Authorities in the capital city need to do more to ensure Hanoi 's continued development is eco-friendly and "climate-proof", according to a UN climate change expert.

Speaking at a press conference held by the UN's Habitat organisation in Hanoi on April 13, UNDP Policy Advisor on Climate Change Koos Neefjes said that while existing master planning for Hanoi took into account certain climate factors, "it is not entirely clear how Hanoi plans to adapt to climate change effects, particularly with regard to water supply or with regard to flood safety."

Koos said the city's plans lacked details and could do better on providing both a vision and practical measures on moving towards a low-carbon city.

He warned that the capital city's expansion into vulnerable or flood-prone areas should be minimised or completely eliminated as soon as possible, because "once (the city) expands to lower land, it is not going to be moved."

The press conference was held as part of a wider programme on highlighting climate change threats to cities around the world.

Also speaking at the event, Habitat Programme Manager Nguyen Quang said many new urban areas in Vietnam were expanding along the coast line, so city planners must carefully consider how to develop these areas in the safest way possible.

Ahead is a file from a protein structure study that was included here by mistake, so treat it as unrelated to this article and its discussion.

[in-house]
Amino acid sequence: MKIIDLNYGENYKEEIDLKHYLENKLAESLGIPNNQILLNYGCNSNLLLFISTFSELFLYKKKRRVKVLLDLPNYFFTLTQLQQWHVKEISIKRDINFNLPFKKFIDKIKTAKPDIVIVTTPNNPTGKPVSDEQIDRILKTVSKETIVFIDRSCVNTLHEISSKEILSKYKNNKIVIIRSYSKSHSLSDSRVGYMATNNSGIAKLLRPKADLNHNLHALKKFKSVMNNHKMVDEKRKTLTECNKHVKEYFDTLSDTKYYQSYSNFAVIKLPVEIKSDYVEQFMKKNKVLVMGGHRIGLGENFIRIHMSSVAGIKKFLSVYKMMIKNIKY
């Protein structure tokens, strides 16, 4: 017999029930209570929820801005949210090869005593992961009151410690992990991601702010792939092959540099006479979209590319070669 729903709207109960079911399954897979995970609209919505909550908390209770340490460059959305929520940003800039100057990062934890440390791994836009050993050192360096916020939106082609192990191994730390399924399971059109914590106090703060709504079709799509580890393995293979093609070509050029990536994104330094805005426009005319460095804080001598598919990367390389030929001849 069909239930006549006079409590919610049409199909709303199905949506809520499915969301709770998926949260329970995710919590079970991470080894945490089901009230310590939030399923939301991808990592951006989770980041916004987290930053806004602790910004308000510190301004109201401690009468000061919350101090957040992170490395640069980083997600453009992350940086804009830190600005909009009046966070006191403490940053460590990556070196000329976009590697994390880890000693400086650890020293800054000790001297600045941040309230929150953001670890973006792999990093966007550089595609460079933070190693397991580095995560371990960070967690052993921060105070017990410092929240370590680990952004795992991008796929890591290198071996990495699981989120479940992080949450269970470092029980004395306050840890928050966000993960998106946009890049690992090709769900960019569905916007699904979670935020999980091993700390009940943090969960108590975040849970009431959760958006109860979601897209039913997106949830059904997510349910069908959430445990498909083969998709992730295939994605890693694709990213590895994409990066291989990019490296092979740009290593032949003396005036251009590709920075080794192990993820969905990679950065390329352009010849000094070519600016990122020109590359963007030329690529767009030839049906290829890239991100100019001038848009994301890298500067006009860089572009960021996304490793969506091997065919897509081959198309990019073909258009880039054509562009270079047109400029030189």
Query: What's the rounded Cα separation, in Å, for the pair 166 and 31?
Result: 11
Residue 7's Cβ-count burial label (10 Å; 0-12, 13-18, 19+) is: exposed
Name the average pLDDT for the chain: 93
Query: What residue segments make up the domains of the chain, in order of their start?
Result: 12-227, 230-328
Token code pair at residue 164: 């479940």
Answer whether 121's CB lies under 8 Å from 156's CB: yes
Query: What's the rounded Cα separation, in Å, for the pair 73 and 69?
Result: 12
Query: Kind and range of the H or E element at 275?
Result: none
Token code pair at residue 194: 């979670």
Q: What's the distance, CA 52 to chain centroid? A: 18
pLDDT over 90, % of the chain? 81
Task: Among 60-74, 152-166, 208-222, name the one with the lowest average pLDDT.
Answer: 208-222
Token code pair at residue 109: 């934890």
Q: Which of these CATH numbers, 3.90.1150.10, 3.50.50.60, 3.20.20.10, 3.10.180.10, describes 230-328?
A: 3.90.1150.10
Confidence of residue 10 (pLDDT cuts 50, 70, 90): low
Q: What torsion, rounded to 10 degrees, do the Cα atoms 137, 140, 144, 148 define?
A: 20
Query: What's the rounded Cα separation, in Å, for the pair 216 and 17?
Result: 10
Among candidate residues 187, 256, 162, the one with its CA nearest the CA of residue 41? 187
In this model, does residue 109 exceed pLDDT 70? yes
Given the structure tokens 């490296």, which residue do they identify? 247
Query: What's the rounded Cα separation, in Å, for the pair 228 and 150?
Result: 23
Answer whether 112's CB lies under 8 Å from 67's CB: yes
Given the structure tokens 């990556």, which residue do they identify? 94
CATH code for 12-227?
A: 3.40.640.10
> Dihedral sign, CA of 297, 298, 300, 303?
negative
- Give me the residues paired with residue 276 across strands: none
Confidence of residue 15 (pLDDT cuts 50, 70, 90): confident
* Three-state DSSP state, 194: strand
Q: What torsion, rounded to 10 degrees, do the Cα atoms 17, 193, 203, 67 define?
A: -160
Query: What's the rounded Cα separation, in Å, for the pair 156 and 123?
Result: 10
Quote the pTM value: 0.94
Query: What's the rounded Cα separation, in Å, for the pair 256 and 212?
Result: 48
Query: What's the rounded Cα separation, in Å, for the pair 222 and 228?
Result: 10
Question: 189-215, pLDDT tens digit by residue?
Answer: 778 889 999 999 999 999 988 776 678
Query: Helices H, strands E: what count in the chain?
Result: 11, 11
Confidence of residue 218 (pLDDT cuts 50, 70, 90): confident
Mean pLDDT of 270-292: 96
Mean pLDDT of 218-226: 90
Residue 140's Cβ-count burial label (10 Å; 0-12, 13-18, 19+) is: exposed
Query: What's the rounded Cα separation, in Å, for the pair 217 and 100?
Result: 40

Planners should take into account threats from tsunamis and floods, not only at present, but also in years to come.

"It is also very important to mainstream disaster risk reduction into the urban development process," Quang said.

To do so, he suggested authorities focus on improving land-use planning and land-use suitability analysis methods.

In particular, city planners should re-orientate urban areas to higher ground to avoid climate-related risks.

As Vietnam has to accept limitations on funding and resources, experts said investment priorities should be taken very seriously.

For example, instead of spending too much money dealing with possible future problems, authorities should prioritise the most urgent existing problems facing urban areas.

Koos said the most important task was to improve protection mechanisms, especially flood protection mechanisms, including flood gates, bypass canals and dykes.

Especially urgent was the need to reinforce river and sea dykes in coastal areas.

"It is not about every dyke becoming a little bit higher, it's about certain dykes being improved," said Koos. According to a report recently released by the UN, by 2100, Vietnam will experience an increase in the average annual temperature of about 2.3 Celsius degrees compared to the last decades of the 20th century due to climate change, which will be felt especially in the northern parts of Vietnam, including Hanoi.

The northern regions will also face more frequent and extreme rainfall events and flooding.

One example of this trend is the unseasonable and extreme rainfall witnessed by Hanoi in November 2008.

The southern regions are also under threat, and should plan for more droughts due to higher temperatures and a decrease in annual rainfall.

Ho Chi Minh City , in particular, will face the threat of a rising sea level and salt water intrusion, according to the report.

During the 1990-2009 period, Vietnam ranked fifth among ten developing nations most affected by climate change effects. /.